Hip-hop music blamed for encouraging drug use
Molly—the powder or crystal form of ecstasy—is a stimulant and hallucinogenic.
University of South Florida researchers surveyed young black adults who said they'd tried molly. The investigators found that 82 percent of them said hip-hop music had influenced their decision to try the drug.
The researchers noted that many hip-hop songs promote the drug as a way to party and reduce sexual inhibitions without the risks that come with such drugs as heroin and crack.
"Molly, although not as dangerous as opioids, has been linked to psychiatric problems, sexual risk taking and adverse health outcomes like seizures, irregular heartbeat, hyperthermia and even death," the study's lead author, Khary Rigg, said in a university news release. He's a professor of mental health law and policy at the school.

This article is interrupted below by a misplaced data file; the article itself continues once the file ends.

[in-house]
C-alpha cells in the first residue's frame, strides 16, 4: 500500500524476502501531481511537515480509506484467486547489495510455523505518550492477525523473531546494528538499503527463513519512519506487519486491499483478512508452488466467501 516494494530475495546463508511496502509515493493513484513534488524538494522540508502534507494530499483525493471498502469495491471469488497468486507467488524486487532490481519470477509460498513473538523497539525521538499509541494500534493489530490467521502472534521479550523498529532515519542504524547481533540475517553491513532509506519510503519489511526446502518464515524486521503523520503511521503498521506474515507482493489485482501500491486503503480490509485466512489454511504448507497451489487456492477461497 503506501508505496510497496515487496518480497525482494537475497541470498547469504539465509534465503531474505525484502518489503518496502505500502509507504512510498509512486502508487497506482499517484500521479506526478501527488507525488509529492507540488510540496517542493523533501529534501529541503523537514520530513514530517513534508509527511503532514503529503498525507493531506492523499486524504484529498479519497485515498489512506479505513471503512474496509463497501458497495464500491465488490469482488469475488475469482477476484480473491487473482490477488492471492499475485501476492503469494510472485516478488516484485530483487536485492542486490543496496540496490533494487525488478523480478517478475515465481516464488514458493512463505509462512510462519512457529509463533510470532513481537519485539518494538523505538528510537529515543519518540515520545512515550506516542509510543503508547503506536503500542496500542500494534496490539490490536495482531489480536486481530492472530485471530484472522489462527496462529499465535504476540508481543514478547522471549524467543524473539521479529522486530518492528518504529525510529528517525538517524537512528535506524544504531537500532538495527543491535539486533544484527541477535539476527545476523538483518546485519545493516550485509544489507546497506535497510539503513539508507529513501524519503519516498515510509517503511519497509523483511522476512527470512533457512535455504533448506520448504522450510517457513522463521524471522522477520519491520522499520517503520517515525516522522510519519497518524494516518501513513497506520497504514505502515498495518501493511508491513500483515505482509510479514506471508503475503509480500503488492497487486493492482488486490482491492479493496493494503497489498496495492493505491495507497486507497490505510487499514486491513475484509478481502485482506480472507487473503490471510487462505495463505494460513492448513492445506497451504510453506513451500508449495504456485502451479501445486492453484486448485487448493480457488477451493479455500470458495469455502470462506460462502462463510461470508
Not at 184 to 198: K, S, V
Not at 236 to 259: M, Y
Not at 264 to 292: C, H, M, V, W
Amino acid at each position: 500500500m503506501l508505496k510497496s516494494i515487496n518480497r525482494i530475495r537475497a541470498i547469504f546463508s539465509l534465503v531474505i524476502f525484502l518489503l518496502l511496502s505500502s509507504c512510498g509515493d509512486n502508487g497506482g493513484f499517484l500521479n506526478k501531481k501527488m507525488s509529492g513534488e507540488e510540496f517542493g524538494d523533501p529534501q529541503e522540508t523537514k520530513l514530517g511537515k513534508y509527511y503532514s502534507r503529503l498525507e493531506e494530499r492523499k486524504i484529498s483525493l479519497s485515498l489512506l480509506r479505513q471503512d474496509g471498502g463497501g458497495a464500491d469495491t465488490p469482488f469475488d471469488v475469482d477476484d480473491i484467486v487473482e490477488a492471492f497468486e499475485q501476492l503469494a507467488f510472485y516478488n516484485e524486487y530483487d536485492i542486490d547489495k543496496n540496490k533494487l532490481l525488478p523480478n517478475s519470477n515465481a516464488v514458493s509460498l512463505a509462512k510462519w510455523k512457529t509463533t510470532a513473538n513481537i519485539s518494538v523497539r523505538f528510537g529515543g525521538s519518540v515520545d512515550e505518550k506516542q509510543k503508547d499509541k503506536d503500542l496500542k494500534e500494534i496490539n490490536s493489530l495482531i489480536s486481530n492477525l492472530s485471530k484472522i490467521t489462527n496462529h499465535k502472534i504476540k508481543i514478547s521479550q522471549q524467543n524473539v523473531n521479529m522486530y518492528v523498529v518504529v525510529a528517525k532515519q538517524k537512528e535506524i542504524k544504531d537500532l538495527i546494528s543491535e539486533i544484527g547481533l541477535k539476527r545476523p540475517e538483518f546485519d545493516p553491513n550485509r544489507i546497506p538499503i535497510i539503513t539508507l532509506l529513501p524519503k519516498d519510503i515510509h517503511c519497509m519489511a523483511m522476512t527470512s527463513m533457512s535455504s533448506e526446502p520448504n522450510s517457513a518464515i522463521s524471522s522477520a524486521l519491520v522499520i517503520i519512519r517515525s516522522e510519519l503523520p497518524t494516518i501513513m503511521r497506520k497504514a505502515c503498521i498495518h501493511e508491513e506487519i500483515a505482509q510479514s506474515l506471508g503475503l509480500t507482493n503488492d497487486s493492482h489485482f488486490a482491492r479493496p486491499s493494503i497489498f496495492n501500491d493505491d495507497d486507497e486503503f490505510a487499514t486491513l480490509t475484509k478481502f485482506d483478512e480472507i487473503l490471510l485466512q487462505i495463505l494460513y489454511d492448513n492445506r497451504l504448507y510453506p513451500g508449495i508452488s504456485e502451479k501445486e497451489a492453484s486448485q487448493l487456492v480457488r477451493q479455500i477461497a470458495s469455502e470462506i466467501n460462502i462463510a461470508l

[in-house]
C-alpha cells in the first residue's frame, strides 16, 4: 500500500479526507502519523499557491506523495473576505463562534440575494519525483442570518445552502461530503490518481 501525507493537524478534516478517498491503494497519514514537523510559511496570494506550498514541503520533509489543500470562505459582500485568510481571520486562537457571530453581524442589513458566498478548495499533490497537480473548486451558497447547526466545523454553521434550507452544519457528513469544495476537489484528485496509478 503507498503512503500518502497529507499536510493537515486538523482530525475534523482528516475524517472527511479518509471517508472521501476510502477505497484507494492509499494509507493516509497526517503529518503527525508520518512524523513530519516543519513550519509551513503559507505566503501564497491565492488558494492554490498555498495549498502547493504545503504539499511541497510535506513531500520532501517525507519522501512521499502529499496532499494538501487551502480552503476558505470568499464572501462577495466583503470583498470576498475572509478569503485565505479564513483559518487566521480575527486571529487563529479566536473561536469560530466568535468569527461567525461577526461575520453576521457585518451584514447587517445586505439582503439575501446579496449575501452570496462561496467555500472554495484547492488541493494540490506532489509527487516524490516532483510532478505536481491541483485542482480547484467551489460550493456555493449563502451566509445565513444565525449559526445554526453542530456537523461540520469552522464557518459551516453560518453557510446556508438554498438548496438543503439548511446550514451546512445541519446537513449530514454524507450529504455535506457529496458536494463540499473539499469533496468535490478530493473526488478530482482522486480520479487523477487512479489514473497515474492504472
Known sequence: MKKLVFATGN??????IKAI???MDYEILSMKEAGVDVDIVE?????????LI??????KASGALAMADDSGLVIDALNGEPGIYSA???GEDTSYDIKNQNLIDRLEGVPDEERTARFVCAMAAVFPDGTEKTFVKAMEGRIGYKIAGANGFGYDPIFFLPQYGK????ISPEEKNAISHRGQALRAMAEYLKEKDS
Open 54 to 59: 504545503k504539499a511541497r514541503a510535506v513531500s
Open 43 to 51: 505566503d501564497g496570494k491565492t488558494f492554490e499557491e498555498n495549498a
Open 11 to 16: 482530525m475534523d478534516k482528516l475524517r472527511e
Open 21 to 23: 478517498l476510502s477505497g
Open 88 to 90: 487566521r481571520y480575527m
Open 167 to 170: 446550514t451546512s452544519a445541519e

"The behaviors of millennial African Americans are probably the most likely to be influenced by hip-hop music as the artists themselves are typically from that demographic," Rigg said.
"This suggests that rappers may be effective sources for prevention, health promotion and harm-reduction messages aimed at African Americans," he added.
Previous studies have found that hip-hop music can influence listeners' use of alcohol and marijuana. But the researchers behind the new study said this was the first to find a link between hip-hop and molly.
The study was published online recently in the Journal of Ethnicity in Substance Abuse.
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